Home/FIVS Alerts/Focus on Coronavirus: Notable Public Policy Developments Around the World – 25 February 2021

Focus on Coronavirus: Notable Public Policy Developments Around the World – 25 February 2021


We would like to share the following items which describe the impact that the coronavirus pandemic is having on the industry. Please contact the FIVS Secretariat with items that may be of interest.

Government Policies

South Africa: Excise duties on alcohol to increase by 8% During the presentation of South Africa’s budget for 2021, the Finance Minister announced that the government will increase excise duties on alcohol beverages and tobacco products by eight percent, adding that excessive alcohol consumption can lead to negative social and health outcomes. The Western Cape premier has also reportedly expressed his intention to amend the Western Cape Liquor Act by increasing the price of alcohol beverages in an attempt to curb alcohol abuse. A formal submission of amendments may be made to the Western Cape cabinet in late March 2021.

  • Raising the drinking age and banning advertising? – South African policymakers may be considering new and permanent restrictions on the alcohol beverage sector, possibly by banning alcohol beverage advertising completely and raising the drinking age.

United Kingdom: Pub beer gardens might reopen in April 2021 – Britain’s Prime Minister has indicated that pub beer gardens might reopen in England as early as 12 April 2021. Only outdoor seating would be allowed for hospitality venues, but the Prime Minister has said that no curfew would be imposed, and venues would not be required to serve a substantial meal whenever alcohol beverages are served. Customers would still be required to be seated when ordering food or drink, and the rule of six or a maximum of two households would remain in place.

United States: Some states are making sales more difficult, while others are moving in the opposite direction – In Hawaii, a state senate commerce committee has voted unanimously to approve a new 10-cent tax on all alcohol beverages sold in the state. If adopted, the law would sunset in June 2024. On the other hand, Alabama’s state senate judiciary committee moved to adopt legislation that would lift a statewide ban on the delivery of beer, wine, and spirits to legal buyers in the state. Three bipartisan bills under consideration in Wisconsin would allow home delivery of alcohol beverages, bars and restaurants to sell to-go cocktails, and curbside delivery of purchases made by phone or online.

  • Iowa, Kentucky, North Carolina, Oregon, and Virginia are considering or passing legislation authorising to-go cocktail sales. More than twenty other states are considering whether to allow, extend, or make the practice permanent.


 Bacardi Limited report on pandemic consumption – Bacardi Limited has released its second annual trends report to shed light on alcohol beverage consumption during 2020 and 2021. The report suggests that post-pandemic, 20% of consumers may be keen on exploring new drinks, but as the pandemic continues, consumers may continue to focus for home consumption on ready-to-drink beverages, which grew by 131% in the U.S. market during 2020. Other macro findings included increases in spritzes, low-ABV cocktails, caffeinated alcohol beverages such as kombucha, coffee-based cocktails, and brands that are eco-friendly and even offer zero-waste ingredients. More than 70% of respondents claimed to be drinking the same amount during the pandemic.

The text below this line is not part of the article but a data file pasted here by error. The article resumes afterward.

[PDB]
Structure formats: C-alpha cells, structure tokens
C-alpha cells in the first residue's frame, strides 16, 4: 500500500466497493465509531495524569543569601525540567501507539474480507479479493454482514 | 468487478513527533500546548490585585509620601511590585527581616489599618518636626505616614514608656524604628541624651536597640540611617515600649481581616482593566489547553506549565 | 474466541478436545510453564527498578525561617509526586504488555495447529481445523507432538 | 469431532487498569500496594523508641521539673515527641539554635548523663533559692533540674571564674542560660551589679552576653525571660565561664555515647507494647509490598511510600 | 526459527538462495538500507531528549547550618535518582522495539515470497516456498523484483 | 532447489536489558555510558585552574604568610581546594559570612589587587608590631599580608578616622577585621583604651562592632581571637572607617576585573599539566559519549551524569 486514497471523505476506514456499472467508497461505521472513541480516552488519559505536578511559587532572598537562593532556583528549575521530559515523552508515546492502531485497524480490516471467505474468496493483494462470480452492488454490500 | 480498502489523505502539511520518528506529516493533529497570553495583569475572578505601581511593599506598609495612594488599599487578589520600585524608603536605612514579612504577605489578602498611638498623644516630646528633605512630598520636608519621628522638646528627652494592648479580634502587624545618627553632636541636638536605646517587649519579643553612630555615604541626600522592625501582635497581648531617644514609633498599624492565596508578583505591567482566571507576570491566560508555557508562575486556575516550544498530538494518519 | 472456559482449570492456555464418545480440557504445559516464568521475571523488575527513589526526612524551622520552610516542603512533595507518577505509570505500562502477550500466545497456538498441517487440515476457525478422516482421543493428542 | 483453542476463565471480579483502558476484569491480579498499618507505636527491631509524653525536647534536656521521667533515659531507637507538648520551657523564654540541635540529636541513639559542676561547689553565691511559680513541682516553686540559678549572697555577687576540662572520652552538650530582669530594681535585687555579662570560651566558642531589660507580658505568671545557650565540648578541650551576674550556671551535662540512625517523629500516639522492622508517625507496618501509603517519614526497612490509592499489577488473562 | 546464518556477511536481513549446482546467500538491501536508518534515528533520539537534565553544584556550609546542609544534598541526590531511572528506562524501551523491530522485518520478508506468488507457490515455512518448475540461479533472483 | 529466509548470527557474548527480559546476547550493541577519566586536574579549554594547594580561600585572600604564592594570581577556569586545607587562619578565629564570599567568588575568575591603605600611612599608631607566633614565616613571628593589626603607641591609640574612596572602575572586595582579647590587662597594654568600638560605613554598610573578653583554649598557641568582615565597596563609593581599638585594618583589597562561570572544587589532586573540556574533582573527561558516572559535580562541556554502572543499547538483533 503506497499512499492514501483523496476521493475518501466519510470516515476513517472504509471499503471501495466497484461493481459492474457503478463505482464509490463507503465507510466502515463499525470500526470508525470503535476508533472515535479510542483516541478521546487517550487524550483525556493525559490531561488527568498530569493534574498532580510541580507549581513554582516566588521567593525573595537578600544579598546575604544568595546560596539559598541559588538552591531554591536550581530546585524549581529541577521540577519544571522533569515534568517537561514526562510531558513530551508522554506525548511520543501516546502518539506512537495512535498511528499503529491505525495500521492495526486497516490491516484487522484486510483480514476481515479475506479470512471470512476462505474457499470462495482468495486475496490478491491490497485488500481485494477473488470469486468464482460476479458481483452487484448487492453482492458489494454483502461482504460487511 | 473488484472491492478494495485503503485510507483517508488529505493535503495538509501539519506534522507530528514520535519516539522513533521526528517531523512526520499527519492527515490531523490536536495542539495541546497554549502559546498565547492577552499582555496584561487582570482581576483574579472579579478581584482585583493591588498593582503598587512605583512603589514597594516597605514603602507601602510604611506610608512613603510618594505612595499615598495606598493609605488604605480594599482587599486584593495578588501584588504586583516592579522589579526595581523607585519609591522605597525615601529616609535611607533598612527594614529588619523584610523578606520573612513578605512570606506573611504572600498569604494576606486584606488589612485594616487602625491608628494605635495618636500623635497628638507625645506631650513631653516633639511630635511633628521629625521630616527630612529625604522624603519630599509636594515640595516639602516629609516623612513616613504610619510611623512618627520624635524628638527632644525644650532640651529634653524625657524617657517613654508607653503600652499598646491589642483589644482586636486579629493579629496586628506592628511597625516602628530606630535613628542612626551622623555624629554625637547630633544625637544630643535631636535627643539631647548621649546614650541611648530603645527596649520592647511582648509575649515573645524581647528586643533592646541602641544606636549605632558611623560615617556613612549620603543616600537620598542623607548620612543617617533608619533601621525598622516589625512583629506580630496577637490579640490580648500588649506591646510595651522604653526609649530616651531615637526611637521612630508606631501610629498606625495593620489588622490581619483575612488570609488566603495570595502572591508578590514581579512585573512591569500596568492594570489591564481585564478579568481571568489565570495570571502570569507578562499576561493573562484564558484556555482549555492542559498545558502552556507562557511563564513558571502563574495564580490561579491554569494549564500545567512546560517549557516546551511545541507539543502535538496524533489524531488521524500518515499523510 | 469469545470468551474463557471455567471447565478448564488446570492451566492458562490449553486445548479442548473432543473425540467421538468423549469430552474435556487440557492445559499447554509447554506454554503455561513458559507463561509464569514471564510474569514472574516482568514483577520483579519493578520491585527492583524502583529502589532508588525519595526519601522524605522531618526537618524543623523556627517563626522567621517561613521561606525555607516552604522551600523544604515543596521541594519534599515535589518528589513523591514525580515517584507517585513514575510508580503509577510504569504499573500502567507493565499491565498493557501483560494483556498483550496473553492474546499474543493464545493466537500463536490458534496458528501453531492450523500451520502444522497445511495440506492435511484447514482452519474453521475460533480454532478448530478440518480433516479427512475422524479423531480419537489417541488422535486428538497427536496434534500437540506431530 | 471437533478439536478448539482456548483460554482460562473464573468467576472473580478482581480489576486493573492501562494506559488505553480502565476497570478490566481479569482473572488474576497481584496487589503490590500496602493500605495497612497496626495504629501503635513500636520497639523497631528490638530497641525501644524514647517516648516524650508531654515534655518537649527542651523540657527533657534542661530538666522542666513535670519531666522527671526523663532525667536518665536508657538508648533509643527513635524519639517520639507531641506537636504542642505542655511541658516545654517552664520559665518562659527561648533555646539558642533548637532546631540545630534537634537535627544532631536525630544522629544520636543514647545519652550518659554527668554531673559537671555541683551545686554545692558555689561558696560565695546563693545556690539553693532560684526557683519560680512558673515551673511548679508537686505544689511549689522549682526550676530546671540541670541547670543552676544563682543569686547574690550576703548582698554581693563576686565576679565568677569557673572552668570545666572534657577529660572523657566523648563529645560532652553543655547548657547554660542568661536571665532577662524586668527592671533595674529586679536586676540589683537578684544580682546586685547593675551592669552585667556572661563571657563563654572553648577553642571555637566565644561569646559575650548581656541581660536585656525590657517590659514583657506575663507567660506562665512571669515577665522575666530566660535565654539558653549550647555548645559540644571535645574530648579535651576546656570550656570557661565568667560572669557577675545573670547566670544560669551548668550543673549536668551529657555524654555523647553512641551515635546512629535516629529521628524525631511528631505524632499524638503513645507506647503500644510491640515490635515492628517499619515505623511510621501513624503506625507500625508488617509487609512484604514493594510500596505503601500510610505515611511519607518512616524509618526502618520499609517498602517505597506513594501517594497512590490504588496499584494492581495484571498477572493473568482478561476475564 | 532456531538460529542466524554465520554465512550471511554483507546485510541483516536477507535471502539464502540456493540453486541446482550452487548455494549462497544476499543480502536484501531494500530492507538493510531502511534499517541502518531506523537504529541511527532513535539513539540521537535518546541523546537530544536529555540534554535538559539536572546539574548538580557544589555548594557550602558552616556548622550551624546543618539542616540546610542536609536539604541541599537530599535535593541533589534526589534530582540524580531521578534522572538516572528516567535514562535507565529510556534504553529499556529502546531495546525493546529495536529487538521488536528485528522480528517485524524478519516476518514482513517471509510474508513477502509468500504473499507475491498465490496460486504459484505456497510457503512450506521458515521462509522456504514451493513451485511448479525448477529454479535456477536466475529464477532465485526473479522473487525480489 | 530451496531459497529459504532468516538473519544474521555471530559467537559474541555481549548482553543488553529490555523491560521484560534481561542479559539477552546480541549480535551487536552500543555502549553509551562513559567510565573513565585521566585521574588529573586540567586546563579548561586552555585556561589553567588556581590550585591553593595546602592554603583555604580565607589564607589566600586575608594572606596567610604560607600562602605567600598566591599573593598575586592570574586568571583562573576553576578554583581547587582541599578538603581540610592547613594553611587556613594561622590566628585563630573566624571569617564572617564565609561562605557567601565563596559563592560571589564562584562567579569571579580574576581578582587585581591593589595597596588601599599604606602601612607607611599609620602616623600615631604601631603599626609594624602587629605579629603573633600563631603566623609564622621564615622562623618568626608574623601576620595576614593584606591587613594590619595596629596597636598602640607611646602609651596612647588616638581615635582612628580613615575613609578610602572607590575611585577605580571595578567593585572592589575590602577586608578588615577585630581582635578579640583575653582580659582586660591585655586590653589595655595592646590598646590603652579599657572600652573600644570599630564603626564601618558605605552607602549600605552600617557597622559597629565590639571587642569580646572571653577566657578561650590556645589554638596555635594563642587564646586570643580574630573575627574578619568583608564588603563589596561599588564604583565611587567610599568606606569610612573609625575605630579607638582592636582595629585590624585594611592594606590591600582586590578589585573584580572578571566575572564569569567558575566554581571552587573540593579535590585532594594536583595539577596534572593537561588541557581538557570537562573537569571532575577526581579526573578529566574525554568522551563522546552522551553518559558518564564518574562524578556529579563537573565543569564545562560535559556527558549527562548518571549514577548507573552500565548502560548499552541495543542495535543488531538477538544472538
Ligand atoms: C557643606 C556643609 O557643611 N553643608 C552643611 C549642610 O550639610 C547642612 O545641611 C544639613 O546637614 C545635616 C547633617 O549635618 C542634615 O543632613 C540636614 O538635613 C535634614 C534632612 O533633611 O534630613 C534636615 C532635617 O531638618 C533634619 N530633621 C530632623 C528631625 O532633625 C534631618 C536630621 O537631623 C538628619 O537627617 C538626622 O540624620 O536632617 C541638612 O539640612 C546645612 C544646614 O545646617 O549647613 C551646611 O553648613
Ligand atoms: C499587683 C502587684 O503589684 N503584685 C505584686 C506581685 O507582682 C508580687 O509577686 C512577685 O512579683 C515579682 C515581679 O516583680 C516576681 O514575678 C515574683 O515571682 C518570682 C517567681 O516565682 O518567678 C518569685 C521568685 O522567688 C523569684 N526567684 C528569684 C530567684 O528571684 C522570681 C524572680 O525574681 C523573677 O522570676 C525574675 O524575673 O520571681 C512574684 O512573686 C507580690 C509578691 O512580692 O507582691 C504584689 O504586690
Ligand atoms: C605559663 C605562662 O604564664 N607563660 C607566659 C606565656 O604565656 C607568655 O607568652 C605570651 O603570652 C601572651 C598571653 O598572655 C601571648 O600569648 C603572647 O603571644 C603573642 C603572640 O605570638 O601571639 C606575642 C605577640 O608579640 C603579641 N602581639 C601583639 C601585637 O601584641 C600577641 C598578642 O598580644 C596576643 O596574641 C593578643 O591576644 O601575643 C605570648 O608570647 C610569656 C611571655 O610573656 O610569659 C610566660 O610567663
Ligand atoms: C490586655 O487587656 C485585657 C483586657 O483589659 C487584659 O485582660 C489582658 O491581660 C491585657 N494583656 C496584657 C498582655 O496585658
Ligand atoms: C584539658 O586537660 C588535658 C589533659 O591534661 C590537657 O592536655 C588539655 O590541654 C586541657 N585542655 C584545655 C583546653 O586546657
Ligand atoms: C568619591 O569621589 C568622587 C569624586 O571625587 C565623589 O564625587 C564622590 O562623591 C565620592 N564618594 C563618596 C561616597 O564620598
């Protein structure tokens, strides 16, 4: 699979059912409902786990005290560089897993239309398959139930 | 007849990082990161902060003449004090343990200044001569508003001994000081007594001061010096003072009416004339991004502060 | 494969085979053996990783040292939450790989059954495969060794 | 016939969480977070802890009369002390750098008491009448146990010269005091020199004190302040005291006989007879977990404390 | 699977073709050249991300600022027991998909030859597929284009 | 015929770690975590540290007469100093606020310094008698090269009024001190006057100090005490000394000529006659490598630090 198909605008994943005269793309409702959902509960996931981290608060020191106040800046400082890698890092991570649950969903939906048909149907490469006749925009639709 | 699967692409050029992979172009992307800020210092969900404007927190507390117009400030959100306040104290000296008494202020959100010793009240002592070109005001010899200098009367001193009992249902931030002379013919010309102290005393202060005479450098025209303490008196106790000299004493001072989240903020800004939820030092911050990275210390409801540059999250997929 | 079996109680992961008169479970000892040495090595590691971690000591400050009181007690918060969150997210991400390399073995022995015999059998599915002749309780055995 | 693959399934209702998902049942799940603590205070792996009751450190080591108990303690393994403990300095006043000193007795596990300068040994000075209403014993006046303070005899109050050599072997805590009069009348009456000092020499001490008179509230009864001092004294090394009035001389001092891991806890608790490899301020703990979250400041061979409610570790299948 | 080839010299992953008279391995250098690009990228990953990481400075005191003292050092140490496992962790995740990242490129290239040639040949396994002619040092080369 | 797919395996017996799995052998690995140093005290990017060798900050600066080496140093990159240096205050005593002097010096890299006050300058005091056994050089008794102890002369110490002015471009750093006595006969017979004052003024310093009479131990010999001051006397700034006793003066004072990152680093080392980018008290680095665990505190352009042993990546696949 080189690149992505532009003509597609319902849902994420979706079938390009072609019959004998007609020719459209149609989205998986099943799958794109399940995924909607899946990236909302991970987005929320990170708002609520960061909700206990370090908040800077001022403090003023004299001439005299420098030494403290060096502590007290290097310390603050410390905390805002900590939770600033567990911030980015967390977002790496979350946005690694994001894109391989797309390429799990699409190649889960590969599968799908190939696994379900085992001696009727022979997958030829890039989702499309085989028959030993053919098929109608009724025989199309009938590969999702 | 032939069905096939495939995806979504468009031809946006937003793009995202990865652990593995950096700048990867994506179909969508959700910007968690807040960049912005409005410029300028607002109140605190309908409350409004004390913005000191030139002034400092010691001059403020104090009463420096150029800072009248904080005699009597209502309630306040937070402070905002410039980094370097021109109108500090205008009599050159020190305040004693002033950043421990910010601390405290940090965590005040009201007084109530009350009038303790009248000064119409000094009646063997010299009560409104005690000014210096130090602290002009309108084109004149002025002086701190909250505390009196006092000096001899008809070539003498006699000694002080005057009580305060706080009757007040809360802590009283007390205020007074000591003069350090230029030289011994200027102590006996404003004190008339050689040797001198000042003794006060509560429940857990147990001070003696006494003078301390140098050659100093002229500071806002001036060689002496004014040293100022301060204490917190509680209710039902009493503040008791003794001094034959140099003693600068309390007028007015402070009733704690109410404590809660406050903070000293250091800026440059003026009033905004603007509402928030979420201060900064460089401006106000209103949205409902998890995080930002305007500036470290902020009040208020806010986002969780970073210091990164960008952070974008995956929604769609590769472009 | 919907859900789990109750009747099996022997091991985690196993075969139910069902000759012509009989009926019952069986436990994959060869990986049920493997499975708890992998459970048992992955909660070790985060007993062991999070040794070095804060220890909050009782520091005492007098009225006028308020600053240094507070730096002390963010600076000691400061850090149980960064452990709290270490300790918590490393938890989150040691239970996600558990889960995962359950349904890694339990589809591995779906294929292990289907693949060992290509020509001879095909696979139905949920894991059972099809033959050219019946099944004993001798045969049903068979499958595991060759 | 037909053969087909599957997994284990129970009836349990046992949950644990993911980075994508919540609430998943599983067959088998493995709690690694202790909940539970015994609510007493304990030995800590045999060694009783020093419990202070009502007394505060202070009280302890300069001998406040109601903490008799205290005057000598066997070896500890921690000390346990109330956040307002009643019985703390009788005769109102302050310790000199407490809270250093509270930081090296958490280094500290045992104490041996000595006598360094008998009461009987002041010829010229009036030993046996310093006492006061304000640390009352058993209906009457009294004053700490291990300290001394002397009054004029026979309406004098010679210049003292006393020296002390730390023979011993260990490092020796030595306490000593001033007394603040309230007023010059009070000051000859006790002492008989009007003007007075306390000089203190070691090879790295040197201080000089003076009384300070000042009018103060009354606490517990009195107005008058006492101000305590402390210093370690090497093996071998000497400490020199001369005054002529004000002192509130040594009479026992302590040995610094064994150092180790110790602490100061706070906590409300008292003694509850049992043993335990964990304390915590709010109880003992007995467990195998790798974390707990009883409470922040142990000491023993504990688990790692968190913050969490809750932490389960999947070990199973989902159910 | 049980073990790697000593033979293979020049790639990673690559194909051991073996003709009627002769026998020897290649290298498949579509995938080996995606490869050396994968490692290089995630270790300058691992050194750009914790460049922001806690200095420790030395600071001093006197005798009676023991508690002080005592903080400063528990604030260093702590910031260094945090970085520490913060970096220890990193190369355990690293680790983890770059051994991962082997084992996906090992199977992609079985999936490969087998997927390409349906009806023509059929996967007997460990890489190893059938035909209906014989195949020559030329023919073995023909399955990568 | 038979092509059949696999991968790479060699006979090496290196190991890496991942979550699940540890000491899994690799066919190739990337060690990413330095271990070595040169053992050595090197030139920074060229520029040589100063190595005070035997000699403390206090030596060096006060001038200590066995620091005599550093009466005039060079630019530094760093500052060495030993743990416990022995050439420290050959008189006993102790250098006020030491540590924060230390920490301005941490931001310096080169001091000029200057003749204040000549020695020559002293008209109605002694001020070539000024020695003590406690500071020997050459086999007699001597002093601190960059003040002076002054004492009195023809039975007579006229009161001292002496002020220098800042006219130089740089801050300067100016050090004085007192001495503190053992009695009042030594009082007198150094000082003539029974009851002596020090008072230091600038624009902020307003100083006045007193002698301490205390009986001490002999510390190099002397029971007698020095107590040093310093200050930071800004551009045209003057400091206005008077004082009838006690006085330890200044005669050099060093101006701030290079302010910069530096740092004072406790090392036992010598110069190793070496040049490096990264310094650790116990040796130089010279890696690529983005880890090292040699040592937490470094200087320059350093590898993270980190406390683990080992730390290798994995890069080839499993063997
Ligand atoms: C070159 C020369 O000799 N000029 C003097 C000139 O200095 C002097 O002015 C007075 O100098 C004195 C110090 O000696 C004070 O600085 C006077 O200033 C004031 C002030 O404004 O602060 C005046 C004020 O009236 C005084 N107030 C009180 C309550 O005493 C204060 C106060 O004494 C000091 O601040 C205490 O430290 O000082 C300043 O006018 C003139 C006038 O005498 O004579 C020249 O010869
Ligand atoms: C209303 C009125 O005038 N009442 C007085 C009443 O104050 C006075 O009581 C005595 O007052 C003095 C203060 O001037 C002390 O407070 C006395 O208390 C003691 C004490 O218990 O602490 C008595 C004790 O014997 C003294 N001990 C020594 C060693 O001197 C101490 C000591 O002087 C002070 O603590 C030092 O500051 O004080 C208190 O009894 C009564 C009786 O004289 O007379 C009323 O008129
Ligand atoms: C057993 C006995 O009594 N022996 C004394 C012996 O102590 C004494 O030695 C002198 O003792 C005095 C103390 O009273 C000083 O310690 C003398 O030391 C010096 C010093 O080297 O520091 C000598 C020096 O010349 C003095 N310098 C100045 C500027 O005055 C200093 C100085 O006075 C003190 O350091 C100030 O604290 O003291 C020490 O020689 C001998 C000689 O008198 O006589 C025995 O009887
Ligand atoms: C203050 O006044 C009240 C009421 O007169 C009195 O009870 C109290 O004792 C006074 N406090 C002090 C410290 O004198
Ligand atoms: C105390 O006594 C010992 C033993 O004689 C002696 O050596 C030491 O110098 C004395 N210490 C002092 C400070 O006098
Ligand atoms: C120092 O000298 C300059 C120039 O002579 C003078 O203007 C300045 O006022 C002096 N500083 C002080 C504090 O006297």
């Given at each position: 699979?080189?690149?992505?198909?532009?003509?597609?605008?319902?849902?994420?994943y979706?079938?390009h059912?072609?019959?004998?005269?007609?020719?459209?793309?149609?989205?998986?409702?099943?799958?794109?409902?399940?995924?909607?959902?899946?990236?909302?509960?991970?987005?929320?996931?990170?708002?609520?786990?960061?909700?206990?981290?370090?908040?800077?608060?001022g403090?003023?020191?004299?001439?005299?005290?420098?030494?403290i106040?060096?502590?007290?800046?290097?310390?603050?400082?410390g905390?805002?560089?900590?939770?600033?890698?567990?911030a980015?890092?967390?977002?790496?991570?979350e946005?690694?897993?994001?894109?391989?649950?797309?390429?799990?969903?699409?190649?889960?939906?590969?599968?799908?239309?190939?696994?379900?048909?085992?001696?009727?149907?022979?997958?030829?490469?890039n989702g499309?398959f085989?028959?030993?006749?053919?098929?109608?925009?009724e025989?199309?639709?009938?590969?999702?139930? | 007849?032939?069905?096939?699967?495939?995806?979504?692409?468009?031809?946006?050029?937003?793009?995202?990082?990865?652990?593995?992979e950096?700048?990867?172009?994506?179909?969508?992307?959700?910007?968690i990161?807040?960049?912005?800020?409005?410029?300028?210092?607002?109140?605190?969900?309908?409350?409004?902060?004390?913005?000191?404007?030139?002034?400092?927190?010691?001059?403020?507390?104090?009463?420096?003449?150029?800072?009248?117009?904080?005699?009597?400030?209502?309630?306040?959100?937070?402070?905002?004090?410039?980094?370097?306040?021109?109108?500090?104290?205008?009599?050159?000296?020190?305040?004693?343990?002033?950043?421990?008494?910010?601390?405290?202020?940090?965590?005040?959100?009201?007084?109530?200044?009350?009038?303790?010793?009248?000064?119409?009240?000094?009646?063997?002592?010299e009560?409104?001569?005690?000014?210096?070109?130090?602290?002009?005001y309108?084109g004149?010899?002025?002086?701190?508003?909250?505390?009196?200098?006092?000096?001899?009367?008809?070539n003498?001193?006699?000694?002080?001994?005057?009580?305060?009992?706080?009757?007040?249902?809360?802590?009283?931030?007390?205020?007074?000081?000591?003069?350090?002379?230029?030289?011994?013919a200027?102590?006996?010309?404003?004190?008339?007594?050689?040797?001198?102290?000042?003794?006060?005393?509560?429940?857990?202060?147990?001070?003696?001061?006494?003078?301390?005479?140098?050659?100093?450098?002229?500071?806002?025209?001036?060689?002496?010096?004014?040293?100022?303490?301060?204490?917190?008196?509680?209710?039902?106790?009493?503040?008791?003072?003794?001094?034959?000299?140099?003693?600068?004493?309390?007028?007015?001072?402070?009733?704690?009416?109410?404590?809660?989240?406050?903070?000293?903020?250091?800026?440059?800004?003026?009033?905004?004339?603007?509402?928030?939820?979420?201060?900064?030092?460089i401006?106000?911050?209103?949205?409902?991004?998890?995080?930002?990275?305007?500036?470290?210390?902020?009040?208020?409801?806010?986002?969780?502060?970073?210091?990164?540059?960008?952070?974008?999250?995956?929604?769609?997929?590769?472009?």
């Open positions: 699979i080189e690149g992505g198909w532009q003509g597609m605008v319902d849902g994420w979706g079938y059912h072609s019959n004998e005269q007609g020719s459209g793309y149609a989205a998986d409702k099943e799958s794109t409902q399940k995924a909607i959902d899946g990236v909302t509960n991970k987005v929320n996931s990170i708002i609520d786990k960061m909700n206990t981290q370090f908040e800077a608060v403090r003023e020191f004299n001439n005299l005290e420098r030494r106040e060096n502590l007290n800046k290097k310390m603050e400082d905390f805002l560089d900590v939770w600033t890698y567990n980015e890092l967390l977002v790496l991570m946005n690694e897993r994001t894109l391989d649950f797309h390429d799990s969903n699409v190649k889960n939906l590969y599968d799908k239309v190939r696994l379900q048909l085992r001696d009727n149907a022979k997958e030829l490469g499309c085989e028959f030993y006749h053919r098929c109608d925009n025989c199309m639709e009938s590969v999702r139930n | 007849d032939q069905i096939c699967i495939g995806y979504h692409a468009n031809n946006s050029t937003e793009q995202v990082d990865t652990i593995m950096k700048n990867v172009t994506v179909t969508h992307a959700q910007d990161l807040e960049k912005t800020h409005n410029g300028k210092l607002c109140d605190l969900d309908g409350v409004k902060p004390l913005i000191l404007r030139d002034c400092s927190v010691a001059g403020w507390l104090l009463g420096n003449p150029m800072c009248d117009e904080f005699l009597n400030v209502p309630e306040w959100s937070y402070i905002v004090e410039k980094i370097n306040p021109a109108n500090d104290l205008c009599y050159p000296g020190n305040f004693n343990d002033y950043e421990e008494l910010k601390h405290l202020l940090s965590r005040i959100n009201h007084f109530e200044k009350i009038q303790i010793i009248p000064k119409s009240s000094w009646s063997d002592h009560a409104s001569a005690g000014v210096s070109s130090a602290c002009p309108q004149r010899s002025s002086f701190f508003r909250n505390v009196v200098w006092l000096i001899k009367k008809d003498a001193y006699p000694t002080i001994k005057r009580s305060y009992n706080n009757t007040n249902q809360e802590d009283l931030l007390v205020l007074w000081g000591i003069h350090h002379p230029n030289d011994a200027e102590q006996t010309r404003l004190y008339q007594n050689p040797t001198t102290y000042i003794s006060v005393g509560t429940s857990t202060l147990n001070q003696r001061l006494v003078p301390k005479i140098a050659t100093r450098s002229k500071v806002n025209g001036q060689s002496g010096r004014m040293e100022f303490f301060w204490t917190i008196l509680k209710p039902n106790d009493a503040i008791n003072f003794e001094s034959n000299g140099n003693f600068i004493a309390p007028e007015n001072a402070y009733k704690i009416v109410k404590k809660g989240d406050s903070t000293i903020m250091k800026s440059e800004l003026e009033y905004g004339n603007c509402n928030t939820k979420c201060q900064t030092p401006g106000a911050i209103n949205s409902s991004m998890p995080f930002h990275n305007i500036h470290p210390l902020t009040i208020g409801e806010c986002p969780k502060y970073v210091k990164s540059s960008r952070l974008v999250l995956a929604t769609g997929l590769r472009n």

IOGT/Movendi report suggests alcohol fueled the pandemic – IOGT/Movendi has released a report claiming that chronic heavy consumption of alcohol beverages can impair immune function and speculating without providing evidence that the risk applies as well to light and moderate consumption. The report claimed that the alcohol beverage sector has exploited the crisis, and criticised industry donations of hand sanitizer and funds to hospitals as self-serving. The report recommends that governments respond to future pandemics by prohibiting all on-trade or public consumption and imposing limits on off-trade purchases.

South Africa: Three bans cost South Africa’s economy ZAR52 billion – A report published by South Africa’s alcohol sector details the economic impact of three alcohol bans in 2020, including a five-week ban between 29 December 2020 to 2 February 2021. The South African Liquor Brand Owners Association (SALBA) reportedly noted that the government experienced considerable losses – 2.3% in tax revenue losses and 21.2% in excise revenue losses – and that South Africa’s GDP lost approximately ZAR52 billion because of the bans.

United Kingdom: Study questions whether pubs can prevent spread of virus – A study published in the Journal of Studies on Alcohol and Drugs examined a wide range of licensed premises from May-August 2020 operating under restrictions meant to reduce the transmission of COVID-19. The research, which was funded by the Scottish Government Chief Scientist Office, questioned whether pub operators can effectively and consistently prevent the spread of the virus, as policymakers in the United Kingdom and elsewhere consider lifting restrictions. Incidents of concern included various combinations of singing, shouting, and playing music; mixing between groups; and standing and moving around bars without distancing.